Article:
Our studies demonstrate that activation of TLR3 and TLR4, but not TLR9, results in cfB synthesis in both HK-2 cells and MTECs and lead to AP activation. Activation of TLR2 only induces cfB in HK-2 cell but not in MTECs. The lack of cfB response to TLR9 agonist is consistent with the absent cytokine production in the same cell type and probably due to the lack of TLR9 expression in MTECs. qRT-PCR data indicate that MTECs express the transcripts for TLR2, TLR3 and TLR4 but not for TLR9. These data are consistent with a previous report that MTECs possess TLR1, TLR2, TLR3, TLR4 and TLR6, but not TLR5 or TLR9 [34]. These data not only demonstrate the capability of renal tubular cells to produce cfB, but also exemplify the interaction of the two innate immune components – activation of TLRs promotes the complement AP activation. This is potentially significant as previous studies have shown that locally produced complement proteins may play an important role in kidney injury [3538]. One such example is that the kidney-derived local complement amplifies inflammation following ischemia-reperfusion injury and kidney transplant rejection [3941]. In animal models of polymicrobial sepsis, we reported that cfB expression in the kidney is markedly increased and primarily located in the tubular cells of the cortex and some in the medulla [29]. Renal tubular epithelial cells are a source of complement production and highly sensitive to injury [42]. Systemic deletion of cfB results in reduced tubular cell necrosis during sepsis [29]. Supporting these in vivo observations, the current study extends these findings and demonstrates the critical role of TLR3 and TLR4 in promoting the de novo synthesis of cfB in renal tubular epithelial cells and their role in the AP activation in the kidney cells.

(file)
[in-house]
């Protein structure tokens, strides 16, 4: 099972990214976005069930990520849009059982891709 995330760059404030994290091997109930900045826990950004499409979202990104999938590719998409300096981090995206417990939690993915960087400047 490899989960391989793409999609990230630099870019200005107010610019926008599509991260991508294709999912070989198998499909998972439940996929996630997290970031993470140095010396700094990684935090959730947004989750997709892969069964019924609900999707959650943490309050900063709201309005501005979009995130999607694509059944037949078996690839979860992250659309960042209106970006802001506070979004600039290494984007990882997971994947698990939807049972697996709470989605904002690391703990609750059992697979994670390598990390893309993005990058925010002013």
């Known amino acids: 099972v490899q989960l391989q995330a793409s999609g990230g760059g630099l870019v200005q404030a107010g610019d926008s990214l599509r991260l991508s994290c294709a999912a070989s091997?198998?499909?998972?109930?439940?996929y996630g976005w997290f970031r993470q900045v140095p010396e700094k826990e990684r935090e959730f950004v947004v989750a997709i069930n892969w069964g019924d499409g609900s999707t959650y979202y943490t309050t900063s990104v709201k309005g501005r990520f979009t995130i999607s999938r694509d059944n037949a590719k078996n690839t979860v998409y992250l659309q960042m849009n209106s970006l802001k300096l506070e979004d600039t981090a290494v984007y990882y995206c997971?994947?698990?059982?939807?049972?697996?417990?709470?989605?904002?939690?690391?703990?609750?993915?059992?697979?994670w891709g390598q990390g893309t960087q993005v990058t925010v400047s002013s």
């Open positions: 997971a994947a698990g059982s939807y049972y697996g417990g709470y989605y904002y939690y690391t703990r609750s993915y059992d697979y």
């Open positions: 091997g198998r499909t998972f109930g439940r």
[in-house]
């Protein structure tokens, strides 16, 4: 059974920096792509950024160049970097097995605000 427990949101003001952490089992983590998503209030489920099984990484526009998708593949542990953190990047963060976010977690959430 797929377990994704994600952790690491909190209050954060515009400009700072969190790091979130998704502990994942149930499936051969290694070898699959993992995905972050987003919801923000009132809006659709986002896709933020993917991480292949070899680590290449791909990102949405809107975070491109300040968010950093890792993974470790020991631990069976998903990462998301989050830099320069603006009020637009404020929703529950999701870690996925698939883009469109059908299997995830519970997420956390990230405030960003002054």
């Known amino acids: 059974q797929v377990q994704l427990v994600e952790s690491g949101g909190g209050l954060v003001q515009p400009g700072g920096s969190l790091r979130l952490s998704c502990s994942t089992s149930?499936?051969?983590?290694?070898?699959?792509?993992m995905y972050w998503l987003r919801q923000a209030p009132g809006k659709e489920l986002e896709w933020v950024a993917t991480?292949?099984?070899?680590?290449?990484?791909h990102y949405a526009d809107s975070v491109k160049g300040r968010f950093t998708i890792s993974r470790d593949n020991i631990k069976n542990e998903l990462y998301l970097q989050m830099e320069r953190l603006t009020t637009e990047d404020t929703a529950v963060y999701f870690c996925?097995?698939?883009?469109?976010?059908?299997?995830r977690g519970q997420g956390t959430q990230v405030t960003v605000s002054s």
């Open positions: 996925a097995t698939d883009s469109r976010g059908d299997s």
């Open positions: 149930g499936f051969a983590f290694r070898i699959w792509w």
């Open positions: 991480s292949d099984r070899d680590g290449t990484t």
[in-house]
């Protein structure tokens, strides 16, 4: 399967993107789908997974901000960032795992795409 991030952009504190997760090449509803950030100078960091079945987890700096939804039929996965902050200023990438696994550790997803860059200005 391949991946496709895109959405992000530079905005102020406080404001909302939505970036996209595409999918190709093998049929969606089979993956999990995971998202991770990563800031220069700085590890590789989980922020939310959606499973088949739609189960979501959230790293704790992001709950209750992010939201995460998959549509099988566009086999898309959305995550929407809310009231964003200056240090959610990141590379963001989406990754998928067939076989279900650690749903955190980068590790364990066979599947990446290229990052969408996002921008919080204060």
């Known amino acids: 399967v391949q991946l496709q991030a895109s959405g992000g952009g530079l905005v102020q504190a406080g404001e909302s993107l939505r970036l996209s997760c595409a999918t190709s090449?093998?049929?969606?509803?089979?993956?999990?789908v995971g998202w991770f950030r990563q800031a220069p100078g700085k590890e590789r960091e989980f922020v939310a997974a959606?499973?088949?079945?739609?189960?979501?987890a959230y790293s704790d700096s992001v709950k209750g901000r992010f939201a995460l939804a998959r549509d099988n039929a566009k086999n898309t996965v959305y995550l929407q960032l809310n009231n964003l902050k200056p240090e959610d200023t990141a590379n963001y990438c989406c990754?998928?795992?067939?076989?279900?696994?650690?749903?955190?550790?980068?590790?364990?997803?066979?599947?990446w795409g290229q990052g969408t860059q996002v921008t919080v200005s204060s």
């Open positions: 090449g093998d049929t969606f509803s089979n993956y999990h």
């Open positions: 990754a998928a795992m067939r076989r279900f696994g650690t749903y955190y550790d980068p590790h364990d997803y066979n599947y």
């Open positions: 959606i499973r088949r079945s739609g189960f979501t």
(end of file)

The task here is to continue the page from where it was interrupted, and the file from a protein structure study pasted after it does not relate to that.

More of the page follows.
Our data demonstrate the NF-κB inhibitor can block TLR ligand-induced cfB upregulation in renal tubular cells. This observation suggests that NF-κB family plays an essential role in the transcriptional activation of cfB gene expression. The NF-κB is the downstream molecule of TLR signaling pathway and controls a large numbers of target genes involved in inflammation [43]. TLR3 signaling is mainly through Trif pathway and induces the activation of two transcription factors: NF-κB and IRF-3 [44]. The immediate early gene induction by poly (I:C) was through TLR3, NF-κB, and IRF signaling pathways. The Bay compound completely blocks IKK activity and poly(I:C)-induced cfB production, suggesting that NF-κB is the key pathway for poly(I:C)-induced cfB synthesis. Using MTECs from NF-κB p50−/− mice, we found that NF-κB p50 plays an essential role in cfB synthesis in response to LPS, but the synthesis of cfB following poly (I:C) is independent of p50. This may not be surprising since there are five members of NF-κB family in mammalian cells: Rel A, Rel B, C-Rel, p50/p105 and p52/p100. p50 is derived from the larger precursor p105 [45] and the deletion of p50 may not be sufficient to block the poly (I:C)-induced NF-κB signaling and thus cfB production. In comparison, the Bay agent completely inhibits the IκBα phosphorylation and blocks NF-κB activation as demonstrated previously [46] and again in the current study. It is worth noting that NF-κB activation is also critical in LPS- or DNA-induced cfB gene induction in macrophages [28, 47] and that both p50 and p65 contribute to TNF-α-induced cfB expression in macrophages [48].